China Miéville called the decision “a game changer” and long-time anti-DRM author and blogger Cory Doctorow praised the decision on both the Guardian Technology Blog and boing boing, the blog he co-edits: “I think that this might be the watershed for e-book DRM, the turning point that marks the moment at which all e-books end up DRM-free. It’s a good day.”
And Charles Stross, author of the Merchant Princes series, recently said “I’m happy to see that Tor have gone DRM-free with their e-book editions. DRM doesn’t impede pirates, but it subjects honest customers to a monopoly tightly controlled by the owners of the DRM software, reducing readers’ freedom and hampering competition.”
We had readers contact us directly explaining how “DRM is anti-customer” and how pleased they were by this “forward thinking step.”
The move has been a hugely positive one for us, it’s helped establish Tor and Tor UK as an imprint that listens to its readers and authors when they approach us with a mutual concern—and for that we’ve gained an amazing amount of support and loyalty from the community. And a year on we’re still pleased that we took this step with the imprint and continue to publish all of Tor UK’s titles DRM-free.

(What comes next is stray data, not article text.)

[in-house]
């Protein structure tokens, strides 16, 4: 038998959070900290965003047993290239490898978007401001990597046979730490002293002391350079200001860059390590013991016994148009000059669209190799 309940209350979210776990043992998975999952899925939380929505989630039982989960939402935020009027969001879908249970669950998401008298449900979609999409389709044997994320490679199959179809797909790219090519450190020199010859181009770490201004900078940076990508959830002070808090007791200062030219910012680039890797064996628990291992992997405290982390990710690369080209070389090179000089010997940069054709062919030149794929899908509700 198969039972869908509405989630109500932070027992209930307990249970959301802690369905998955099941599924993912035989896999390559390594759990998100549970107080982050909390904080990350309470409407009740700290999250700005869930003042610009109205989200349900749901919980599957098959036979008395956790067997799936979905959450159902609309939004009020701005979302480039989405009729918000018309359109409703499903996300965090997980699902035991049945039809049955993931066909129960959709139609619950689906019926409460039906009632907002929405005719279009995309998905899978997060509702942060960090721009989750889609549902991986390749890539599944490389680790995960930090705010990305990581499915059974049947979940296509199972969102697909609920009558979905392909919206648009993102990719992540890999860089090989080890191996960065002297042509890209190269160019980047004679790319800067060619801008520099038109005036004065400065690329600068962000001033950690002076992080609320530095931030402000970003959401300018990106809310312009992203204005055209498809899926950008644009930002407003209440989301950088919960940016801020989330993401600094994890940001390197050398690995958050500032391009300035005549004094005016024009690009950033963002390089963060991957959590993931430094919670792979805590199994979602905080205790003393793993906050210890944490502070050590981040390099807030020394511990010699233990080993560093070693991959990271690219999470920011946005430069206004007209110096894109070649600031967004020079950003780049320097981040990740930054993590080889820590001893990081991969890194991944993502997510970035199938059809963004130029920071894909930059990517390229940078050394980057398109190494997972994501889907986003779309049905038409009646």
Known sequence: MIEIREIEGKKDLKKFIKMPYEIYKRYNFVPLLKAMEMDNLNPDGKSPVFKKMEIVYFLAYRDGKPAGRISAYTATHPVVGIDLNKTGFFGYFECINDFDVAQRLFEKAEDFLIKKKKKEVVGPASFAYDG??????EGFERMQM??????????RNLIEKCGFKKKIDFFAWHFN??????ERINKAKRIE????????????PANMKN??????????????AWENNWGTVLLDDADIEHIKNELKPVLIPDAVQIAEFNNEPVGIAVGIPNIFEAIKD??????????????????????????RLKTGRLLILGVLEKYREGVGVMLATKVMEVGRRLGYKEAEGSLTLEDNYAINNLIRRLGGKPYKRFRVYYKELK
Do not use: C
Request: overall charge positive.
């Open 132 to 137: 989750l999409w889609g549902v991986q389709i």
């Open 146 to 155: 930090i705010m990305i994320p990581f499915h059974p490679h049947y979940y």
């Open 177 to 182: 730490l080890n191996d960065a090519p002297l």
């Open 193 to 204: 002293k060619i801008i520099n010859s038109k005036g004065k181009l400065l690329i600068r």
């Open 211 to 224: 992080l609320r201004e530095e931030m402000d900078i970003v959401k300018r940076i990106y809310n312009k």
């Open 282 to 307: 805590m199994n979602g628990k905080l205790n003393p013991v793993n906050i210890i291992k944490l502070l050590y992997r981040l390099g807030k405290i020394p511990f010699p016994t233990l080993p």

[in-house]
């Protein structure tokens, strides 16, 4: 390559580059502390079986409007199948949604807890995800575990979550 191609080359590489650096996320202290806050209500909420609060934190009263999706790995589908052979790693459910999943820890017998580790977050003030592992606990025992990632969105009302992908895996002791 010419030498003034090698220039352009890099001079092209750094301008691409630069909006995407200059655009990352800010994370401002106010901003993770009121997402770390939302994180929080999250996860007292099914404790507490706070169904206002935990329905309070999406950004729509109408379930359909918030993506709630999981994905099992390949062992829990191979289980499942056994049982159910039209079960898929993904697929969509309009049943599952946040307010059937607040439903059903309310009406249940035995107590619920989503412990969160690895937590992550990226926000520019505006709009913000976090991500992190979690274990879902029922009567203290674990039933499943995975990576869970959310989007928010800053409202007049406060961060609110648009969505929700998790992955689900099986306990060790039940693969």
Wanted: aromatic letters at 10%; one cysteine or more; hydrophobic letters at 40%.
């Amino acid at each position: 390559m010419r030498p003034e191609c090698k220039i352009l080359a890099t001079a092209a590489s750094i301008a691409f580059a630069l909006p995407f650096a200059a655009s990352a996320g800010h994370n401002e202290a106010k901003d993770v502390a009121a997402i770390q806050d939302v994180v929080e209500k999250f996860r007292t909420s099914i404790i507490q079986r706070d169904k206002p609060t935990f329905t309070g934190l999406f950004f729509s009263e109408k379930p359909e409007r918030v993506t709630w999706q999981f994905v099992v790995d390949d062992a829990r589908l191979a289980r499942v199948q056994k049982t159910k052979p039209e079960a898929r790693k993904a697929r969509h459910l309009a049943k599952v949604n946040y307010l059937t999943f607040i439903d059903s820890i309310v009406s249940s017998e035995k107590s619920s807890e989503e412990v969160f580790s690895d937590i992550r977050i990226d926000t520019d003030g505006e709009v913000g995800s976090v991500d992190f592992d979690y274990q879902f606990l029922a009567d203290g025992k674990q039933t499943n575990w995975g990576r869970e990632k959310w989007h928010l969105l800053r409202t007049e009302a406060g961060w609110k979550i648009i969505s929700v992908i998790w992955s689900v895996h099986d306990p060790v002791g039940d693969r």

Well, whether DRM impedes pirates or not is precisely the relevant question. Tor says they haven’t noticed any increase in piracy of their e-books following the removal of DRM. They are, however, cagey about how they know this. Probably it’s a combination of their sales projections being met, and also not seeing increased traffic in their books on notorious filesharing sites. As a rough-and-ready measure of piracy, that’s probably pretty good, although by no means definitive. The bottom line is that a lot more data is needed. Tor hasn’t experienced an apparent increase in piracy – would the same be true for a general-interest publisher? For a children’s book publisher? For a college textbook publisher? And what about other forms of media that are currently subject to DRM? Tor’s experience is a useful first step. Are there any other companies out there who currently use DRM but are willing to remove it and see what happens?